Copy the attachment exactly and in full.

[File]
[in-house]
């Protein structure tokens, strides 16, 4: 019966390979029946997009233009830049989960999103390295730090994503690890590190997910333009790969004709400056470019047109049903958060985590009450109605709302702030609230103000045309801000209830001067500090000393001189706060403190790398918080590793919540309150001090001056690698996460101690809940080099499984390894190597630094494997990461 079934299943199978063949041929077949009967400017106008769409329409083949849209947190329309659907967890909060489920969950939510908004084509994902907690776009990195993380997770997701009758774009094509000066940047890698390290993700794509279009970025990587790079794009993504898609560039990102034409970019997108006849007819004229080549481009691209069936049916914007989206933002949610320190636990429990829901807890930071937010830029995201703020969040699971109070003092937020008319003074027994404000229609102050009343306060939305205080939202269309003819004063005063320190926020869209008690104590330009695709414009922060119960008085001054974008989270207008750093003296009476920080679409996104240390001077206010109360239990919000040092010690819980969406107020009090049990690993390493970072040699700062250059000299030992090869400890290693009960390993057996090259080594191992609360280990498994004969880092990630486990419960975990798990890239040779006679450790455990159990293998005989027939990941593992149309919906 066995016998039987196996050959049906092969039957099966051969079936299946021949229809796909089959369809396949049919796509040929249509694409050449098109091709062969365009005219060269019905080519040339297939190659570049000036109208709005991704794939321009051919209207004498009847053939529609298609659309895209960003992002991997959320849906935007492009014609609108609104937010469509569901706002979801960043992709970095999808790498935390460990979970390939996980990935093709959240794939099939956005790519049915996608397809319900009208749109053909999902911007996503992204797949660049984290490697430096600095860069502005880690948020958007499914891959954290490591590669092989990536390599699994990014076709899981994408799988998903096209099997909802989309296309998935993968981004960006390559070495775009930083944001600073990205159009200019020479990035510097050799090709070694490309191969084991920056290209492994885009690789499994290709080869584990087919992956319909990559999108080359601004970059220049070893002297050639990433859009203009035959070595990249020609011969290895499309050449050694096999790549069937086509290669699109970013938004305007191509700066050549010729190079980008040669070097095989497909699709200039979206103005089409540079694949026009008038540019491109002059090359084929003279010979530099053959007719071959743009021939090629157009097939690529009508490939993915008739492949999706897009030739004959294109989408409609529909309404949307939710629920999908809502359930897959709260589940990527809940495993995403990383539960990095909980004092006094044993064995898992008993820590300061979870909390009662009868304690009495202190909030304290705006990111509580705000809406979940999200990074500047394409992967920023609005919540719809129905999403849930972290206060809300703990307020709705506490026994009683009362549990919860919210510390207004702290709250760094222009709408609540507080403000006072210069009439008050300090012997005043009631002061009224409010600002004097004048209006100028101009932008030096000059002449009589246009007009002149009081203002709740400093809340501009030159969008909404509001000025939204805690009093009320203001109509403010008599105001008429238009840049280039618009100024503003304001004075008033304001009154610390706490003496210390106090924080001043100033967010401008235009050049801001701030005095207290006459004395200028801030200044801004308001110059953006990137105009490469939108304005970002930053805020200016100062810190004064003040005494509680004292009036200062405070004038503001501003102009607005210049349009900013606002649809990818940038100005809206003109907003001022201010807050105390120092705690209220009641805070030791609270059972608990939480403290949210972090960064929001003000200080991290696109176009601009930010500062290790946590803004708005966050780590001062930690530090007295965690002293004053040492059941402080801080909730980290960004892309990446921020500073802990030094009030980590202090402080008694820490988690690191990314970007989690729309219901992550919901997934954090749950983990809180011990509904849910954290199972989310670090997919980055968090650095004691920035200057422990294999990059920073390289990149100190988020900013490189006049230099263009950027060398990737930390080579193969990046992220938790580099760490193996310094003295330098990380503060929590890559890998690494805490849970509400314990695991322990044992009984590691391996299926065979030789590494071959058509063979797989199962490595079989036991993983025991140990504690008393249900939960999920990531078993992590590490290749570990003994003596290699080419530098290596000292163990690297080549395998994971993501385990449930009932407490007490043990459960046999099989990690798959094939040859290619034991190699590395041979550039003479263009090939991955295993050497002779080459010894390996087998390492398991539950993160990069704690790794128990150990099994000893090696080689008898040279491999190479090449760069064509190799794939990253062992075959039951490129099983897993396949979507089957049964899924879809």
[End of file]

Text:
[in-house]
């Protein structure tokens, strides 16, 4: 019966390979029946997009233009830049989960999103390295730090994503690890590190997910333009790969004709400056470019047109049903958060985590009450109605709302702030609230103000045309801000209830001067500090000393001189706060403190790398918080590793919540309150001090001056690698996460101690809940080099499984390894190597630094494997990461 079934299943199978063949041929077949009967400017106008769409329409083949849209947190329309659907967890909060489920969950939510908004084509994902907690776009990195993380997770997701009758774009094509000066940047890698390290993700794509279009970025990587790079794009993504898609560039990102034409970019997108006849007819004229080549481009691209069936049916914007989206933002949610320190636990429990829901807890930071937010830029995201703020969040699971109070003092937020008319003074027994404000229609102050009343306060939305205080939202269309003819004063005063320190926020869209008690104590330009695709414009922060119960008085001054974008989270207008750093003296009476920080679409996104240390001077206010109360239990919000040092010690819980969406107020009090049990690993390493970072040699700062250059000299030992090869400890290693009960390993057996090259080594191992609360280990498994004969880092990630486990419960975990798990890239040779006679450790455990159990293998005989027939990941593992149309919906 066995016998039987196996050959049906092969039957099966051969079936299946021949229809796909089959369809396949049919796509040929249509694409050449098109091709062969365009005219060269019905080519040339297939190659570049000036109208709005991704794939321009051919209207004498009847053939529609298609659309895209960003992002991997959320849906935007492009014609609108609104937010469509569901706002979801960043992709970095999808790498935390460990979970390939996980990935093709959240794939099939956005790519049915996608397809319900009208749109053909999902911007996503992204797949660049984290490697430096600095860069502005880690948020958007499914891959954290490591590669092989990536390599699994990014076709899981994408799988998903096209099997909802989309296309998935993968981004960006390559070495775009930083944001600073990205159009200019020479990035510097050799090709070694490309191969084991920056290209492994885009690789499994290709080869584990087919992956319909990559999108080359601004970059220049070893002297050639990433859009203009035959070595990249020609011969290895499309050449050694096999790549069937086509290669699109970013938004305007191509700066050549010729190079980008040669070097095989497909699709200039979206103005089409540079694949026009008038540019491109002059090359084929003279010979530099053959007719071959743009021939090629157009097939690529009508490939993915008739492949999706897009030739004959294109989408409609529909309404949307939710629920999908809502359930897959709260589940990527809940495993995403990383539960990095909980004092006094044993064995898992008993820590300061979870909390009662009868304690009495202190909030304290705006990111509580705000809406979940999200990074500047394409992967920023609005919540719809129905999403849930972290206060809300703990307020709705506490026994009683009362549990919860919210510390207004702290709250760094222009709408609540507080403000006072210069009439008050300090012997005043009631002061009224409010600002004097004048209006100028101009932008030096000059002449009589246009007009002149009081203002709740400093809340501009030159969008909404509001000025939204805690009093009320203001109509403010008599105001008429238009840049280039618009100024503003304001004075008033304001009154610390706490003496210390106090924080001043100033967010401008235009050049801001701030005095207290006459004395200028801030200044801004308001110059953006990137105009490469939108304005970002930053805020200016100062810190004064003040005494509680004292009036200062405070004038503001501003102009607005210049349009900013606002649809990818940038100005809206003109907003001022201010807050105390120092705690209220009641805070030791609270059972608990939480403290949210972090960064929001003000200080991290696109176009601009930010500062290790946590803004708005966050780590001062930690530090007295965690002293004053040492059941402080801080909730980290960004892309990446921020500073802990030094009030980590202090402080008694820490988690690191990314970007989690729309219901992550919901997934954090749950983990809180011990509904849910954290199972989310670090997919980055968090650095004691920035200057422990294999990059920073390289990149100190988020900013490189006049230099263009950027060398990737930390080579193969990046992220938790580099760490193996310094003295330098990380503060929590890559890998690494805490849970509400314990695991322990044992009984590691391996299926065979030789590494071959058509063979797989199962490595079989036991993983025991140990504690008393249900939960999920990531078993992590590490290749570990003994003596290699080419530098290596000292163990690297080549395998994971993501385990449930009932407490007490043990459960046999099989990690798959094939040859290619034991190699590395041979550039003479263009090939991955295993050497002779080459010894390996087998390492398991539950993160990069704690790794128990150990099994000893090696080689008898040279491999190479090449760069064509190799794939990253062992075959039951490129099983897993396949979507089957049964899924879809």